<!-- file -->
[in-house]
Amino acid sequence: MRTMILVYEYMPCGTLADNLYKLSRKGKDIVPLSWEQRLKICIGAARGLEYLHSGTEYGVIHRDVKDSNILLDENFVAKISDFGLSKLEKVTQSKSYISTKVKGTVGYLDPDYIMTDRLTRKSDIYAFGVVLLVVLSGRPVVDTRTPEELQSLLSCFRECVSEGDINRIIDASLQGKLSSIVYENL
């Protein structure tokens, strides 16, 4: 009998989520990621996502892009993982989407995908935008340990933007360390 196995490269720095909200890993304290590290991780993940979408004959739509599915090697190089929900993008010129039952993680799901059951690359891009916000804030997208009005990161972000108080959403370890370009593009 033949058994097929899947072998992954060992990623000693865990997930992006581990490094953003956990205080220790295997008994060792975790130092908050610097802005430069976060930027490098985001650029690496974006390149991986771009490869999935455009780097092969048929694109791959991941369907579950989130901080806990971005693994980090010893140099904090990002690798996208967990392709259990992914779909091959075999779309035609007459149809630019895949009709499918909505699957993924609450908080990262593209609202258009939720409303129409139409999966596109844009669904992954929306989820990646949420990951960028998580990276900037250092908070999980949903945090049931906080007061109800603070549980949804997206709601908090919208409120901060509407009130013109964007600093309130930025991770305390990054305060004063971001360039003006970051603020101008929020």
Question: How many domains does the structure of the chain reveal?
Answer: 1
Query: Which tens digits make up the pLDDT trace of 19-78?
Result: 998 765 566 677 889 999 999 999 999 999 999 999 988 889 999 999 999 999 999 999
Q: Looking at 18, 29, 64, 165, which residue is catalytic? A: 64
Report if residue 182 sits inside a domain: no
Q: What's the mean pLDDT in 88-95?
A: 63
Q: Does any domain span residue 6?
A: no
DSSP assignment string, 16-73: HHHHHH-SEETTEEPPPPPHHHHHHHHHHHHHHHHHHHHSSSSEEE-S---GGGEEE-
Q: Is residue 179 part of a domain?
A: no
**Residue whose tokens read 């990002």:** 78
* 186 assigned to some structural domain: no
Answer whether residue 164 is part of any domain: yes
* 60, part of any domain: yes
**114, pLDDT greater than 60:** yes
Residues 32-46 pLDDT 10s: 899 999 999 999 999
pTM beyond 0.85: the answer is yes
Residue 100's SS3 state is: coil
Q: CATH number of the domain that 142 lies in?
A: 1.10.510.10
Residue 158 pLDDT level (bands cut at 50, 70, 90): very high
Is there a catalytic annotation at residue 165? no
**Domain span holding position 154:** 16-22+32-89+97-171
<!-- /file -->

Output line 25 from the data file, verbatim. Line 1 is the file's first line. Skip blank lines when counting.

Q: CATH number of the domain that 142 lies in?